If someone said “stream gage station,” would you know what that means? Or that it’s spelled “gage” instead of “gauge”?

Scientists rely on such equipment to measure the depth, temperature and speed of water at a particular point. The results, collected over decades, ultimately provide you with weather forecasts and other information.

These silent sentinels – there are 120 in South Dakota and 7,500 nationally – typically hide in plain sight. 

Now there is one in Rapid City for you to look over.

Federal, state and local workers on Wednesday dedicated what they call the “showcase stream gage” along Rapid Creek at Founders Park, just off Omaha Street.

The U.S. Geological Survey station is at the M-Hill hiking trailhead near Founders’ Rock, signed by John Brennan and others who started Rapid City. The station features displays about improving water quality and tracking flooding. You can use your smart phone to learn what this equipment does and receive the reports it produces.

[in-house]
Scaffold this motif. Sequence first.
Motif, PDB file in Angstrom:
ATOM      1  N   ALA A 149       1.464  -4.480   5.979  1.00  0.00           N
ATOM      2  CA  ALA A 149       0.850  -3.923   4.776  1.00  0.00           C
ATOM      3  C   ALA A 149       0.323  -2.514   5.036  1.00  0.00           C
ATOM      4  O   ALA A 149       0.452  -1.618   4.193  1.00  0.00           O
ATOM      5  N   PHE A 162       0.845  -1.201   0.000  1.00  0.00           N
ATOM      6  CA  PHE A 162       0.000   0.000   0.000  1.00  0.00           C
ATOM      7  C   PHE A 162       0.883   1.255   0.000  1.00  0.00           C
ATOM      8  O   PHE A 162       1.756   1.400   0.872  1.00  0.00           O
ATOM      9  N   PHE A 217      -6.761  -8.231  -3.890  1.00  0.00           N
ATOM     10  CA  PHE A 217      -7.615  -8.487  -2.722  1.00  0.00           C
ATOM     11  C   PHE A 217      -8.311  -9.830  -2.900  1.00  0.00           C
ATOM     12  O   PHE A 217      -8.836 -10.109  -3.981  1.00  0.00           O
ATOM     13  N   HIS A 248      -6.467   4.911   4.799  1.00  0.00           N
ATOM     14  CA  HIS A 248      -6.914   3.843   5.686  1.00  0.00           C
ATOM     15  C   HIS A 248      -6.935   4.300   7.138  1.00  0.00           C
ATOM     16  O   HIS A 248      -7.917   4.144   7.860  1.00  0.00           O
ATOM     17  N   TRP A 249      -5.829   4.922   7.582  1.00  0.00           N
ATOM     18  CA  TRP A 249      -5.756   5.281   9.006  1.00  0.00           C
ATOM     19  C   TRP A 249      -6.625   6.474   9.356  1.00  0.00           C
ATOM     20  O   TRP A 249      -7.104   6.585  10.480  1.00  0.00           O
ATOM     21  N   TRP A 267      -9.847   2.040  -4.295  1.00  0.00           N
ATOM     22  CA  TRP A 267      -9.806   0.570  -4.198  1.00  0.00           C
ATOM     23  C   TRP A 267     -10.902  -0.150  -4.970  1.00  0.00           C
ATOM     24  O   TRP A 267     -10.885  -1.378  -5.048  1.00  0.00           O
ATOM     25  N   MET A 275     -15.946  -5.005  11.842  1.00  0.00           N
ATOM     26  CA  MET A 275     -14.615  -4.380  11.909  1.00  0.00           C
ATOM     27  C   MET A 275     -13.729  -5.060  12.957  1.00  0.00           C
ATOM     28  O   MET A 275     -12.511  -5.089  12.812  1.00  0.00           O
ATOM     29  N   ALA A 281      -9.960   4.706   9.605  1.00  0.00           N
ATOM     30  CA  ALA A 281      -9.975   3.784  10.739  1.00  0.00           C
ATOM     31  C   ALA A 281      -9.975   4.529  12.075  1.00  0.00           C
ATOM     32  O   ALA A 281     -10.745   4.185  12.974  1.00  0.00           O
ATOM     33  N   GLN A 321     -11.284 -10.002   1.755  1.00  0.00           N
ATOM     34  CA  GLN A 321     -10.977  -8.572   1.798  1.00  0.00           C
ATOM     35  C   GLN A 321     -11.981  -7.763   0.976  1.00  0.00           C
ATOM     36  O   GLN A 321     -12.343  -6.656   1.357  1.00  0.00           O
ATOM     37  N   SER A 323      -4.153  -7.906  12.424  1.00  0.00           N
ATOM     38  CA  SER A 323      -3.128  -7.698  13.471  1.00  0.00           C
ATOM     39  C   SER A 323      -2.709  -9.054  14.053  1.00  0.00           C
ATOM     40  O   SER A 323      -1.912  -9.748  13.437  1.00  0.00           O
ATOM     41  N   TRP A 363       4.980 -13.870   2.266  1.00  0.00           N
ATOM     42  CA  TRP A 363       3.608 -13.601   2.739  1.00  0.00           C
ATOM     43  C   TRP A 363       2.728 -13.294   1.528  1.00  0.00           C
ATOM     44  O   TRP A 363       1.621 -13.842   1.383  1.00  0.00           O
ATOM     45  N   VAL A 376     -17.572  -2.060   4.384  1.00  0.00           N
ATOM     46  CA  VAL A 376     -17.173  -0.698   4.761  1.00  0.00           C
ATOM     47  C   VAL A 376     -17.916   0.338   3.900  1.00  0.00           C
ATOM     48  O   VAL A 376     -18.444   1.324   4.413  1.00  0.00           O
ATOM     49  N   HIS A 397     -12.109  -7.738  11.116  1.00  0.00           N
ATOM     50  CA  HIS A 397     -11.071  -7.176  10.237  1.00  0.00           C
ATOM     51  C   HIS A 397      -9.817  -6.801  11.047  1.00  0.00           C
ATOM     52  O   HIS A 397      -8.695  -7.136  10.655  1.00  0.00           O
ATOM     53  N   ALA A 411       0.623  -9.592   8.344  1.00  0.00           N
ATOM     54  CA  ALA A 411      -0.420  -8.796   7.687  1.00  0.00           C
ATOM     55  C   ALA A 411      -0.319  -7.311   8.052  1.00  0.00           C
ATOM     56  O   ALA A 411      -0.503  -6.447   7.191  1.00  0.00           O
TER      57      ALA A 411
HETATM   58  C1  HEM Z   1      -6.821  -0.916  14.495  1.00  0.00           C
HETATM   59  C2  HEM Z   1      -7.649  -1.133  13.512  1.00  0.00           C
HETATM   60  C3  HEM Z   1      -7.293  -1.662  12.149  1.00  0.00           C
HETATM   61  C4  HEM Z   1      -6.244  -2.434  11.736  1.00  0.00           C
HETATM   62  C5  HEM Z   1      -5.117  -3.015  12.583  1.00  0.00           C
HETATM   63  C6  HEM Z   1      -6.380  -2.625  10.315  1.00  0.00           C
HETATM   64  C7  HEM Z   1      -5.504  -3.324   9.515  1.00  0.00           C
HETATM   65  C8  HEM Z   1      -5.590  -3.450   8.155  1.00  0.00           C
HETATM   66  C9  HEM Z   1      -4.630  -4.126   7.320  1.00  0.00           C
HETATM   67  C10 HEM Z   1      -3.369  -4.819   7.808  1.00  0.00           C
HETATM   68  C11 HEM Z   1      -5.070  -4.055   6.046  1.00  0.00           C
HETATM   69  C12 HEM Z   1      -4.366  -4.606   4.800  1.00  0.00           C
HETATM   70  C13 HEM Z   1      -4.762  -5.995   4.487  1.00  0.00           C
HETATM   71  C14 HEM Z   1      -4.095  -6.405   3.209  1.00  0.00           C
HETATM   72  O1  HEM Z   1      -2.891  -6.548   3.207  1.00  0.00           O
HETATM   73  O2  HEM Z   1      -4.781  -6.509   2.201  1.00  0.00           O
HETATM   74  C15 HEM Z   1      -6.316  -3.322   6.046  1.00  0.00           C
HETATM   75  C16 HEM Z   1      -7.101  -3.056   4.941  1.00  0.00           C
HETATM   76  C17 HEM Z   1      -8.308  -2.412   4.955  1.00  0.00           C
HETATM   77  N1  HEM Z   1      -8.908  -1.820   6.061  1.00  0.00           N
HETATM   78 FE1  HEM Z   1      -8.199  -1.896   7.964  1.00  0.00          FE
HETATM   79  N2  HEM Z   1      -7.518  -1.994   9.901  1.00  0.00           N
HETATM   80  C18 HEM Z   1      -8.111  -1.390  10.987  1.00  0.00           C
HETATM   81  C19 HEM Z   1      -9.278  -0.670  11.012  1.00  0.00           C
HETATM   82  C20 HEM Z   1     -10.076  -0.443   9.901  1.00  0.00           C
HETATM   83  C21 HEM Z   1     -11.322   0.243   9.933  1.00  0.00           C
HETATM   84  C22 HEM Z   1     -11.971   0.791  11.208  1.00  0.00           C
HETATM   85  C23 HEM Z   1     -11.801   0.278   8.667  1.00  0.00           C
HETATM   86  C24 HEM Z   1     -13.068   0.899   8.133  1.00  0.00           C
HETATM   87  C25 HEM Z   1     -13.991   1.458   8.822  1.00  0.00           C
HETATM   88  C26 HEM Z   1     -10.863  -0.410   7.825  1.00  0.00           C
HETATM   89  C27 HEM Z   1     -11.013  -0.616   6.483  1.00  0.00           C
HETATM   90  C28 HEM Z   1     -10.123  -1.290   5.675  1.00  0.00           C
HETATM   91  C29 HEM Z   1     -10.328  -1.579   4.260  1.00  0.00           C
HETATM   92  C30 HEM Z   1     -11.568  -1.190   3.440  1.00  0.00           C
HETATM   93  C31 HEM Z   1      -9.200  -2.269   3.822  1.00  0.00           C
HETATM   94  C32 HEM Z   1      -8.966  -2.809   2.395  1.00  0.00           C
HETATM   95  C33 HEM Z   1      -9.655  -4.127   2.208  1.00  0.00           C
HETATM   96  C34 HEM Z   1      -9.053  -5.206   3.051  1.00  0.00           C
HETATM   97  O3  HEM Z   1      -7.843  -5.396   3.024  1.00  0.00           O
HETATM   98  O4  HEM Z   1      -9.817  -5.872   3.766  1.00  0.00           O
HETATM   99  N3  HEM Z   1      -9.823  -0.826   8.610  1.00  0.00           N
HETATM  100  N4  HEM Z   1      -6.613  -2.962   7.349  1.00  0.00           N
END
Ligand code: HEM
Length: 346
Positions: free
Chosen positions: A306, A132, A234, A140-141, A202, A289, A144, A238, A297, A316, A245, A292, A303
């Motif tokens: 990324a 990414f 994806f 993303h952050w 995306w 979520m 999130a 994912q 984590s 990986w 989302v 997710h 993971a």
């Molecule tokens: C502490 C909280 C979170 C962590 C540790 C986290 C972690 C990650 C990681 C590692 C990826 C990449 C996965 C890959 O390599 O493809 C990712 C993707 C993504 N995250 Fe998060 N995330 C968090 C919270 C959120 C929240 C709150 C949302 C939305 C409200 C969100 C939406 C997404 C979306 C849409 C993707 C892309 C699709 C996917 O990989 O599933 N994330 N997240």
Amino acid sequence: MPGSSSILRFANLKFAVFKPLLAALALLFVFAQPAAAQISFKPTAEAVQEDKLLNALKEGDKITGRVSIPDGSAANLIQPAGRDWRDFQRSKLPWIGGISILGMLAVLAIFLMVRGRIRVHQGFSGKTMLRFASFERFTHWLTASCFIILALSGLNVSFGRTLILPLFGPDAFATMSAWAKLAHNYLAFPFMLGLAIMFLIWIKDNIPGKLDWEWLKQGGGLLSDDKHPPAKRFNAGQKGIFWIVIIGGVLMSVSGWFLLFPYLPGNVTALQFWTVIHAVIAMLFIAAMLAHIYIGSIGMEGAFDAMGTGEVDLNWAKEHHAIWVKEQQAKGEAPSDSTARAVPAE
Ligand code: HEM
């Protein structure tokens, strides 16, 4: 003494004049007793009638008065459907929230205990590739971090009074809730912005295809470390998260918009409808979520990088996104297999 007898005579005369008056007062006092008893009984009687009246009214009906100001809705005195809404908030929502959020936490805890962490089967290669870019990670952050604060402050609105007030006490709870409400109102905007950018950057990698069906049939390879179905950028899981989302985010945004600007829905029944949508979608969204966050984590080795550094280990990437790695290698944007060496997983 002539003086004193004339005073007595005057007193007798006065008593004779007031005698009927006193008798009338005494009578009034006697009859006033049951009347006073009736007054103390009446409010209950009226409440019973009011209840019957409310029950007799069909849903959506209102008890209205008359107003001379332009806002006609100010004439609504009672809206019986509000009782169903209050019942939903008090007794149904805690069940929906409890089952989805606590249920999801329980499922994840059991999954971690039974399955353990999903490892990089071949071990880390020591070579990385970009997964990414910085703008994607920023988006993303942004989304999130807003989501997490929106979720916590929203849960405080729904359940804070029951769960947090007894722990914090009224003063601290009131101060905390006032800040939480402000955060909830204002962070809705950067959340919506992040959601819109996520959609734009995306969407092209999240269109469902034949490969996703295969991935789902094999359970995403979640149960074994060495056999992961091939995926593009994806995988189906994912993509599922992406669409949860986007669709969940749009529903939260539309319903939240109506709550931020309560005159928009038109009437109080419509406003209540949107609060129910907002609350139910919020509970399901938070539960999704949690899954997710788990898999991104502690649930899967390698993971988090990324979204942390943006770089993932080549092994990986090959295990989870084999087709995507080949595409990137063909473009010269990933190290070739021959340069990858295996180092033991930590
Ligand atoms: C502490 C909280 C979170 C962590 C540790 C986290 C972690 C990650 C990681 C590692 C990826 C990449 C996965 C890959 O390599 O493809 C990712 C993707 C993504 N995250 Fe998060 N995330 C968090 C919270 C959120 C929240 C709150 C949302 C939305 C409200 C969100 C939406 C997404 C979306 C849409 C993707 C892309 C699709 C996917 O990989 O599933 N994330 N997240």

There’s been a gaging station at or near this site since 1942. The historic 1972 flood washed out the monitor. Today’s station, installed last fall, replaces the successor of the 1972 device.

National Weather Service meteorologist Dave Carpenter says reports ranging from dangerous flood conditions to the outlook for fun recreational outings depend on such automated field equipment.

"It requires these networks of stream gages, the precipitation gauges, measuring rainfall, measuring river flow to make a good forecast, to make one where people can have confidence."

Jim Hawke, past president of the Black Hills Fly Fishers, is a believer after seeing how South Dakota’s Game, Fish & Parks Department makes use of the stream gage information.

"In layman's terms, we would have to say that the data that they use is good for us because they're helping protect a precious resource, and that's the fish."